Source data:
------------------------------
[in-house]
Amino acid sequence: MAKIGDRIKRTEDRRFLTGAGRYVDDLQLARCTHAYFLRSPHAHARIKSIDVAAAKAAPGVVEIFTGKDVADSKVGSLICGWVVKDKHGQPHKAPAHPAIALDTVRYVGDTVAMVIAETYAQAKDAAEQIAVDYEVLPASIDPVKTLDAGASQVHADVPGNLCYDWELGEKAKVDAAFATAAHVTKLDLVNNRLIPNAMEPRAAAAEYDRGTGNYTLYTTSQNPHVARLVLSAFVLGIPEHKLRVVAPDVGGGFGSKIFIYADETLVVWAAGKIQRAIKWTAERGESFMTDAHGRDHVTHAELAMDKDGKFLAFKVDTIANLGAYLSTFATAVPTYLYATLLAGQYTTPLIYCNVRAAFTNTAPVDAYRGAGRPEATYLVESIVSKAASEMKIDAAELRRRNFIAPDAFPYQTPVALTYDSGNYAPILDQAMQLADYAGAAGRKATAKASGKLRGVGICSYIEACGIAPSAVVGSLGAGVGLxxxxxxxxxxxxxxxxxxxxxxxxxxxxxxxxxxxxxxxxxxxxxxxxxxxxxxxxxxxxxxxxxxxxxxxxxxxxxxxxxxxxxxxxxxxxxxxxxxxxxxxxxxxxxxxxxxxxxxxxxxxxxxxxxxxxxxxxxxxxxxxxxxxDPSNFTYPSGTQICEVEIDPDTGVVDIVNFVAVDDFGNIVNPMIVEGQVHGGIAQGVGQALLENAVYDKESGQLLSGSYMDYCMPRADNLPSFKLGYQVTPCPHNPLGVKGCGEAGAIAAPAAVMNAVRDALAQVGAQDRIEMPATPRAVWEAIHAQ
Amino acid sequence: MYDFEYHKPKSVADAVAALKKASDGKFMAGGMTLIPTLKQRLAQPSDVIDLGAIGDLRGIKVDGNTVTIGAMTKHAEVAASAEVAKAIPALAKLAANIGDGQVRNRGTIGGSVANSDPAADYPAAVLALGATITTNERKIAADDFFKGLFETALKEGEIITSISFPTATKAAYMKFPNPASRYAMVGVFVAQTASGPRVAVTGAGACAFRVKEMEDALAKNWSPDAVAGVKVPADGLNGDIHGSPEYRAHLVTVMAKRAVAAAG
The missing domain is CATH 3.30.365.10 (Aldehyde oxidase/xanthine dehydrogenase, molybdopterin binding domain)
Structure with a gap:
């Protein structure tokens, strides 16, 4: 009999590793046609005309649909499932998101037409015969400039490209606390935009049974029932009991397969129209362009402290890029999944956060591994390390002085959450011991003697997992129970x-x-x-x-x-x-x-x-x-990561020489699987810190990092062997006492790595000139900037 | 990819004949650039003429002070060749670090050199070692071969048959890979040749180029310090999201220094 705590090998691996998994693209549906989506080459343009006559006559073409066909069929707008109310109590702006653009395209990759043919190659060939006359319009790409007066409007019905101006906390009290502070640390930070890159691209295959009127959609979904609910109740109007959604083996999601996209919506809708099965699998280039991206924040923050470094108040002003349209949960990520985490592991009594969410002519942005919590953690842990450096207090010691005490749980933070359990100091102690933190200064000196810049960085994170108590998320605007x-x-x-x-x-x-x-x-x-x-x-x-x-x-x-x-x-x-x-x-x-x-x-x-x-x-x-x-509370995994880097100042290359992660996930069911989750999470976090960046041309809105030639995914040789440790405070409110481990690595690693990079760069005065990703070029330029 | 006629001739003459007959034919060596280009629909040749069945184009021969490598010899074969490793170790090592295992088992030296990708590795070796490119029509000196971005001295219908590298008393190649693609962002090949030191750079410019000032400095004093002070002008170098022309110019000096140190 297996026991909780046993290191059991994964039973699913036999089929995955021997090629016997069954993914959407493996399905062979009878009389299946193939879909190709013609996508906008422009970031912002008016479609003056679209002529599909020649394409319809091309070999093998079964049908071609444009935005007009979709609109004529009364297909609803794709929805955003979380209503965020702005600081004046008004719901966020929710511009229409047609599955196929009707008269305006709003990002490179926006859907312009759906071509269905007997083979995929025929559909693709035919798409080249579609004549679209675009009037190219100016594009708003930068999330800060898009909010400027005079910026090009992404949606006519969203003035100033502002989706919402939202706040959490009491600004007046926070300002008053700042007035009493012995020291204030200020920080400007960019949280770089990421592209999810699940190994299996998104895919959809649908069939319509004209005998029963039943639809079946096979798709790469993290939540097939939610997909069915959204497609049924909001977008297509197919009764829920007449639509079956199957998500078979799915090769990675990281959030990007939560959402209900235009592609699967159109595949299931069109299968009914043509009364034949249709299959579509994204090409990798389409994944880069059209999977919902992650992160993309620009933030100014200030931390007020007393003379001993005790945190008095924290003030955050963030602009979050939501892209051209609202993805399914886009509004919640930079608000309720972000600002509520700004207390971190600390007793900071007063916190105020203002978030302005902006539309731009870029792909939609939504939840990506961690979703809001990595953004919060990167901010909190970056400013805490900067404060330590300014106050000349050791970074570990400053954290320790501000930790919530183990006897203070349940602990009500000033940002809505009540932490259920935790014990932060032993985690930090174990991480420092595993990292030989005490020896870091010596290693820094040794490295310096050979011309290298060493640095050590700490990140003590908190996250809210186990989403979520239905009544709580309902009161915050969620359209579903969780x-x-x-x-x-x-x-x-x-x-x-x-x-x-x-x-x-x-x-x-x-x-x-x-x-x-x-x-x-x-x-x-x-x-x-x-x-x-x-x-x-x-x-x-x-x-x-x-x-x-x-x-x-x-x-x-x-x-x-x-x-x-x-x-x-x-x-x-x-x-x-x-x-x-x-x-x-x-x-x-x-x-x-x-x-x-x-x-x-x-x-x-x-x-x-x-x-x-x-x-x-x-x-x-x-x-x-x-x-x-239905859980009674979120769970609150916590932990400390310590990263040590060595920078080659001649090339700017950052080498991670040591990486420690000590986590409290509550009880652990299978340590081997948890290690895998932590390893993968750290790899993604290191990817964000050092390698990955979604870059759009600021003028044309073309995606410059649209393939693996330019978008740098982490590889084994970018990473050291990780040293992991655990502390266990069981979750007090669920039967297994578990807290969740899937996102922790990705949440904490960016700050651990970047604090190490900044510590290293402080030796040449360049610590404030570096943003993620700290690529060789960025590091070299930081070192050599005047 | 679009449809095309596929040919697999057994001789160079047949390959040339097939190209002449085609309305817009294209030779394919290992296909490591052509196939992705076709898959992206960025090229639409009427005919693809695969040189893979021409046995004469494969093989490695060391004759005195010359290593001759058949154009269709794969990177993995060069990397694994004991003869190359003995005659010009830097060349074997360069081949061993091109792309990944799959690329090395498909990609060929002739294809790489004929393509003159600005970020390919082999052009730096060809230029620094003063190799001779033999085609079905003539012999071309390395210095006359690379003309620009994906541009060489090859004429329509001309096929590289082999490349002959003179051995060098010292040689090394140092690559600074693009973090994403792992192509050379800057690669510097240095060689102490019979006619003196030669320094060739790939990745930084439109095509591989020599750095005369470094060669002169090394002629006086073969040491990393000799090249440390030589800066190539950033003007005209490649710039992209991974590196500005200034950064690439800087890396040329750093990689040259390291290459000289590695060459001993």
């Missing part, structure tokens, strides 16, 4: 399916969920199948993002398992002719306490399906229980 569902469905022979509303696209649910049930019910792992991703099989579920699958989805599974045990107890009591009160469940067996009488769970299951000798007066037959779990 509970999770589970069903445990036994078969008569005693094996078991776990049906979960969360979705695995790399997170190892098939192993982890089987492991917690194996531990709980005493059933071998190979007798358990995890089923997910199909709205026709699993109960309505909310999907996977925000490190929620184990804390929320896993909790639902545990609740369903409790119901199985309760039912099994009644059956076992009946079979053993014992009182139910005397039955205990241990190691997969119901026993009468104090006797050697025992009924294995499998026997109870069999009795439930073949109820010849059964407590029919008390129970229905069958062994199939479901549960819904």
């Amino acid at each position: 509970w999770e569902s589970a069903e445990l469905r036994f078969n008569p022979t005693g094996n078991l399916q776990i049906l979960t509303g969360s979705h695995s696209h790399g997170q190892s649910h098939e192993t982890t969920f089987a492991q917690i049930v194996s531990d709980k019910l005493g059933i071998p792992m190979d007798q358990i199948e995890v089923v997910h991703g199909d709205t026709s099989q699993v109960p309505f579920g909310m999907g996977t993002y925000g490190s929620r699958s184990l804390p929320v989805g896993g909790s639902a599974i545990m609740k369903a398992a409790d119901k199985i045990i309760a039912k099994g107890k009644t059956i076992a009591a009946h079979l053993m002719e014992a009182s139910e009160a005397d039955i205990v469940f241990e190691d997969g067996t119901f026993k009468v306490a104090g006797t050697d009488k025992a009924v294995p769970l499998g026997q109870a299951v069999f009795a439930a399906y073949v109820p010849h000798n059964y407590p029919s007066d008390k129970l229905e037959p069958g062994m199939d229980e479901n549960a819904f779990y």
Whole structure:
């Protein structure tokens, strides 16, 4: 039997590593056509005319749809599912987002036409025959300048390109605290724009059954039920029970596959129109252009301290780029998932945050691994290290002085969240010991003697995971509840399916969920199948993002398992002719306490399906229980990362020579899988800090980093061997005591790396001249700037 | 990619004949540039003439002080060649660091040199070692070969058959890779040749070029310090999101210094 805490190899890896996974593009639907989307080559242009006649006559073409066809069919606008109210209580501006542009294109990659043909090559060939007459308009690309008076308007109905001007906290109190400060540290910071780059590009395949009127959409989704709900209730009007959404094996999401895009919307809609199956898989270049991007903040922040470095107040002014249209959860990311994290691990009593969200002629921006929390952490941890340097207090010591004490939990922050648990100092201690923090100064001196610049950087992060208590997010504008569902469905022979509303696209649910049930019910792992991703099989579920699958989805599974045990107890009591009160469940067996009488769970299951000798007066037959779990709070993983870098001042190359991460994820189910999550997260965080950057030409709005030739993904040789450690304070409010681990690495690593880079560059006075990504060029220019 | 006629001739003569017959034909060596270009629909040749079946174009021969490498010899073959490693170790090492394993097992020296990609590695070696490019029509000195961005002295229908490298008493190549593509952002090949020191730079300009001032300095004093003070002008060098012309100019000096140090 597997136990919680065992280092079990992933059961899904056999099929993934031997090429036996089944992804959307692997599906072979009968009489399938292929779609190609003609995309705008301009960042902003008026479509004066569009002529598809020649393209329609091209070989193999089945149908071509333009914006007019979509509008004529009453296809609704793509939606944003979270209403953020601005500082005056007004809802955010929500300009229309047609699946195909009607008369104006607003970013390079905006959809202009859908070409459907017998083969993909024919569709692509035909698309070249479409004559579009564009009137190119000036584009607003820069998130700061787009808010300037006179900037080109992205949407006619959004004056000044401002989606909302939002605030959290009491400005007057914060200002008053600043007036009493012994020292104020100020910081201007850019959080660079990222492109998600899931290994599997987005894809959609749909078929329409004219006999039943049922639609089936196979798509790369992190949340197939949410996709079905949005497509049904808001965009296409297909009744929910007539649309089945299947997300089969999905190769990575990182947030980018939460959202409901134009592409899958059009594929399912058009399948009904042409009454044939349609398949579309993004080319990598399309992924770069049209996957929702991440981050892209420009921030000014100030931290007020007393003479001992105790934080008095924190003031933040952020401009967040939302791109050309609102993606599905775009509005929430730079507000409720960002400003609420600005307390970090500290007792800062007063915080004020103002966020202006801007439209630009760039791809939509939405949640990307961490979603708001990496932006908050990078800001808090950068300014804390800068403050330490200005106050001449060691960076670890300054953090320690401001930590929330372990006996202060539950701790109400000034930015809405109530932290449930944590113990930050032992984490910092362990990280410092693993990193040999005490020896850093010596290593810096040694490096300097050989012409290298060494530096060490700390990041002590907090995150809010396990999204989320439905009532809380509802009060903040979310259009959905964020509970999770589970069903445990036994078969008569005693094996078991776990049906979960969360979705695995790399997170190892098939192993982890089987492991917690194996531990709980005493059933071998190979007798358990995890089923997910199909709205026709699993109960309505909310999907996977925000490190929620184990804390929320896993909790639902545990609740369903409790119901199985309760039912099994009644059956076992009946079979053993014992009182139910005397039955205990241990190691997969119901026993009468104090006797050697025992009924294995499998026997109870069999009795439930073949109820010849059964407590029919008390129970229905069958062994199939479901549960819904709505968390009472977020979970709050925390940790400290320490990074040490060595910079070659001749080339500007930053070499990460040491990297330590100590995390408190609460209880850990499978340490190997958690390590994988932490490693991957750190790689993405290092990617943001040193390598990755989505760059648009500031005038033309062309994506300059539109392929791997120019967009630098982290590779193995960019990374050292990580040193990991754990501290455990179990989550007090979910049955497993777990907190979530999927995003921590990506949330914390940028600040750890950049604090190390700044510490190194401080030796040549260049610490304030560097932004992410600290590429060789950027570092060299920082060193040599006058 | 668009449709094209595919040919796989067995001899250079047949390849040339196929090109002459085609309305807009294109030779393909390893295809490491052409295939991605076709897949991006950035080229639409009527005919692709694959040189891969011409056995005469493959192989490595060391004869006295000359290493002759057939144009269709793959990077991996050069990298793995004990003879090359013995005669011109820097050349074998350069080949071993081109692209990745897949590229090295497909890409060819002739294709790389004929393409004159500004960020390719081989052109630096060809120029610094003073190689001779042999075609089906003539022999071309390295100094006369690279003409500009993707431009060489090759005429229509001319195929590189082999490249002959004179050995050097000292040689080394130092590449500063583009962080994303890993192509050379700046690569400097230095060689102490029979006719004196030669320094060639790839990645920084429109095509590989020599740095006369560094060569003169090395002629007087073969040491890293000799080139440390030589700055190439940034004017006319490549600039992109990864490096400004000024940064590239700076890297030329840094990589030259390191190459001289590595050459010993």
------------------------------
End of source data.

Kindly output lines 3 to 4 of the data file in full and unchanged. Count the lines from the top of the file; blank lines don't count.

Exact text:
Amino acid sequence: MYDFEYHKPKSVADAVAALKKASDGKFMAGGMTLIPTLKQRLAQPSDVIDLGAIGDLRGIKVDGNTVTIGAMTKHAEVAASAEVAKAIPALAKLAANIGDGQVRNRGTIGGSVANSDPAADYPAAVLALGATITTNERKIAADDFFKGLFETALKEGEIITSISFPTATKAAYMKFPNPASRYAMVGVFVAQTASGPRVAVTGAGACAFRVKEMEDALAKNWSPDAVAGVKVPADGLNGDIHGSPEYRAHLVTVMAKRAVAAAG
The missing domain is CATH 3.30.365.10 (Aldehyde oxidase/xanthine dehydrogenase, molybdopterin binding domain)